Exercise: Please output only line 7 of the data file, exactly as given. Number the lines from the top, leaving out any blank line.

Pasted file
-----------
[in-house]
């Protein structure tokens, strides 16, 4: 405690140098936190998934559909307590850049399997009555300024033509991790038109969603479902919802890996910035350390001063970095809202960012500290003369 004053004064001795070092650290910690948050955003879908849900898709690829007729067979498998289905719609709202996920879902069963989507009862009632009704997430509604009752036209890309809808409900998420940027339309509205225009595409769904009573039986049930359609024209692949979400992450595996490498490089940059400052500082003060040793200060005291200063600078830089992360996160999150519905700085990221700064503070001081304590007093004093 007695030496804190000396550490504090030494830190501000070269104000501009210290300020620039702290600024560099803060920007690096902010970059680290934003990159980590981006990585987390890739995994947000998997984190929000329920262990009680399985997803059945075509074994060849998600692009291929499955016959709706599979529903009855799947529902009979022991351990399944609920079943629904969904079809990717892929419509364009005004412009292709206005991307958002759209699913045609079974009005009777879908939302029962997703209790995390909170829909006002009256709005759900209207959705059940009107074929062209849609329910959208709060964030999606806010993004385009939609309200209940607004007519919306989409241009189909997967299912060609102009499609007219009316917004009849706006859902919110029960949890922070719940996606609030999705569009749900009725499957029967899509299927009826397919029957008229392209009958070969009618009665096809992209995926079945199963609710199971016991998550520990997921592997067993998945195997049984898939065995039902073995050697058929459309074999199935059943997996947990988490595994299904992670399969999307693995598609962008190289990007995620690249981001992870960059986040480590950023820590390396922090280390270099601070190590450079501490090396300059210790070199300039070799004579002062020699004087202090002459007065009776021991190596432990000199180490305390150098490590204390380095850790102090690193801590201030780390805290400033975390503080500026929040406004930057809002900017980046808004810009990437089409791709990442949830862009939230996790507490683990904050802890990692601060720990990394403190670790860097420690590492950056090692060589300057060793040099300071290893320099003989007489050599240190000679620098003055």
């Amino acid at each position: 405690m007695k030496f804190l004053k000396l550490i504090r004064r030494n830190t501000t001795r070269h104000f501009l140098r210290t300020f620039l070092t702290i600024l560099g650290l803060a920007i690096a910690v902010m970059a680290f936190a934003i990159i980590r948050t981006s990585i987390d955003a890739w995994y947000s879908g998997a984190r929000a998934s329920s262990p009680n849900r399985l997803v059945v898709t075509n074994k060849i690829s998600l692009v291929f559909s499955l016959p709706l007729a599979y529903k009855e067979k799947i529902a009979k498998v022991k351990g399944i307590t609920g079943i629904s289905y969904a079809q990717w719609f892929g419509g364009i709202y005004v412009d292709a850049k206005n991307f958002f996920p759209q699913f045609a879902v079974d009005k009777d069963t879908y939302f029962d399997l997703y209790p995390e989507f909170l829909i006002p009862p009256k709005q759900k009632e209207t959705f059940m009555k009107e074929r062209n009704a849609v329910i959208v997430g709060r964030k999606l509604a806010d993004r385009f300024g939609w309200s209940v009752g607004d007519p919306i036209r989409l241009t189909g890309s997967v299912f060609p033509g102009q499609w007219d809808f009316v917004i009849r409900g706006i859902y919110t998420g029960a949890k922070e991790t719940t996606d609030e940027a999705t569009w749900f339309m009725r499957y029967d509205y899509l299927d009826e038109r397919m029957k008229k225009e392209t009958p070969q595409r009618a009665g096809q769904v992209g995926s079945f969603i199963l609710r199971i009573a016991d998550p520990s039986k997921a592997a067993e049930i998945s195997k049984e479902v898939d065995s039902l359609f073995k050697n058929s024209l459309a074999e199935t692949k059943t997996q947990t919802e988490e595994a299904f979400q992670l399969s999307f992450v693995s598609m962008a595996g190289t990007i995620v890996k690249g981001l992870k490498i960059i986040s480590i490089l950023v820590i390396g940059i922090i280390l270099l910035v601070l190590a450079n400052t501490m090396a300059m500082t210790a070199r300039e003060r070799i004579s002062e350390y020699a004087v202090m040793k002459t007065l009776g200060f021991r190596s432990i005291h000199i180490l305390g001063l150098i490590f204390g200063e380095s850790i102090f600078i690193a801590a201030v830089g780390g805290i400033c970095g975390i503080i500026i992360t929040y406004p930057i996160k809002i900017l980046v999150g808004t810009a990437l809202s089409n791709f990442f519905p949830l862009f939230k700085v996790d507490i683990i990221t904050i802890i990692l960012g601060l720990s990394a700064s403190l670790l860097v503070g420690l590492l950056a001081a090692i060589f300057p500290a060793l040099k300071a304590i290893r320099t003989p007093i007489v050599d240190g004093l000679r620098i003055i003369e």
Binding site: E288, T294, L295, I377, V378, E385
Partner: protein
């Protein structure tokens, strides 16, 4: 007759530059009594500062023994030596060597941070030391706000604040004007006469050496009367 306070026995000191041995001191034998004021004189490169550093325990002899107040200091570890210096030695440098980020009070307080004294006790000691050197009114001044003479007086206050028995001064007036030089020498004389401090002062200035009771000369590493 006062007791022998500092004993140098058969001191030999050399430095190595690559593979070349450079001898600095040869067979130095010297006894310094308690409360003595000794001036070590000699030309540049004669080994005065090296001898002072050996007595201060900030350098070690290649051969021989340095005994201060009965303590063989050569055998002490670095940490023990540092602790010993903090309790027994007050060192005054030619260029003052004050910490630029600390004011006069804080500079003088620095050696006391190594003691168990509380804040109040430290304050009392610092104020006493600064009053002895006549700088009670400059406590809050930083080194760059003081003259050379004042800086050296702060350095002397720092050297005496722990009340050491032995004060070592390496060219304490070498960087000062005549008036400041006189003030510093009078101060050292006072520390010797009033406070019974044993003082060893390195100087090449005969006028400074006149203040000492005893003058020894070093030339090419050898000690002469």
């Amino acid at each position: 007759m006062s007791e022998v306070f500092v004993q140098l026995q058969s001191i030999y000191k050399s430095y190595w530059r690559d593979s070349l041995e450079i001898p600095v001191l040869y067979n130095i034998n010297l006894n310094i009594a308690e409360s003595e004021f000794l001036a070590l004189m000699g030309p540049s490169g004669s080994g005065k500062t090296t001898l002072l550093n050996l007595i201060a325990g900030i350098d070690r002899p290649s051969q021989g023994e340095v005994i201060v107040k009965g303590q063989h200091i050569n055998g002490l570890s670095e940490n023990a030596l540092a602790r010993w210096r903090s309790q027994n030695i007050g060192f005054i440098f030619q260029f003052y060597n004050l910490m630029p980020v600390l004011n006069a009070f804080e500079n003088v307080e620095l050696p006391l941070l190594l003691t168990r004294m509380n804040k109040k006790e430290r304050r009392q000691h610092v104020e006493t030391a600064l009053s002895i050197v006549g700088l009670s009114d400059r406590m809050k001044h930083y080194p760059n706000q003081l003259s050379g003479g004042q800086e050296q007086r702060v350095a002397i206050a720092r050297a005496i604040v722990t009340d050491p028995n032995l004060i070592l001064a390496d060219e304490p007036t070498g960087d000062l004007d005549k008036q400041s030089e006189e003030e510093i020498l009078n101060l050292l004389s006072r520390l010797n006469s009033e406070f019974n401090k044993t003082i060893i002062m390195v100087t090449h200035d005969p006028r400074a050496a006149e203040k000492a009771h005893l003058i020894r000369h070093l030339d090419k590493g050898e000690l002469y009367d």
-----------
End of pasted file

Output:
């Amino acid at each position: 007759m006062s007791e022998v306070f500092v004993q140098l026995q058969s001191i030999y000191k050399s430095y190595w530059r690559d593979s070349l041995e450079i001898p600095v001191l040869y067979n130095i034998n010297l006894n310094i009594a308690e409360s003595e004021f000794l001036a070590l004189m000699g030309p540049s490169g004669s080994g005065k500062t090296t001898l002072l550093n050996l007595i201060a325990g900030i350098d070690r002899p290649s051969q021989g023994e340095v005994i201060v107040k009965g303590q063989h200091i050569n055998g002490l570890s670095e940490n023990a030596l540092a602790r010993w210096r903090s309790q027994n030695i007050g060192f005054i440098f030619q260029f003052y060597n004050l910490m630029p980020v600390l004011n006069a009070f804080e500079n003088v307080e620095l050696p006391l941070l190594l003691t168990r004294m509380n804040k109040k006790e430290r304050r009392q000691h610092v104020e006493t030391a600064l009053s002895i050197v006549g700088l009670s009114d400059r406590m809050k001044h930083y080194p760059n706000q003081l003259s050379g003479g004042q800086e050296q007086r702060v350095a002397i206050a720092r050297a005496i604040v722990t009340d050491p028995n032995l004060i070592l001064a390496d060219e304490p007036t070498g960087d000062l004007d005549k008036q400041s030089e006189e003030e510093i020498l009078n101060l050292l004389s006072r520390l010797n006469s009033e406070f019974n401090k044993t003082i060893i002062m390195v100087t090449h200035d005969p006028r400074a050496a006149e203040k000492a009771h005893l003058i020894r000369h070093l030339d090419k590493g050898e000690l002469y009367d």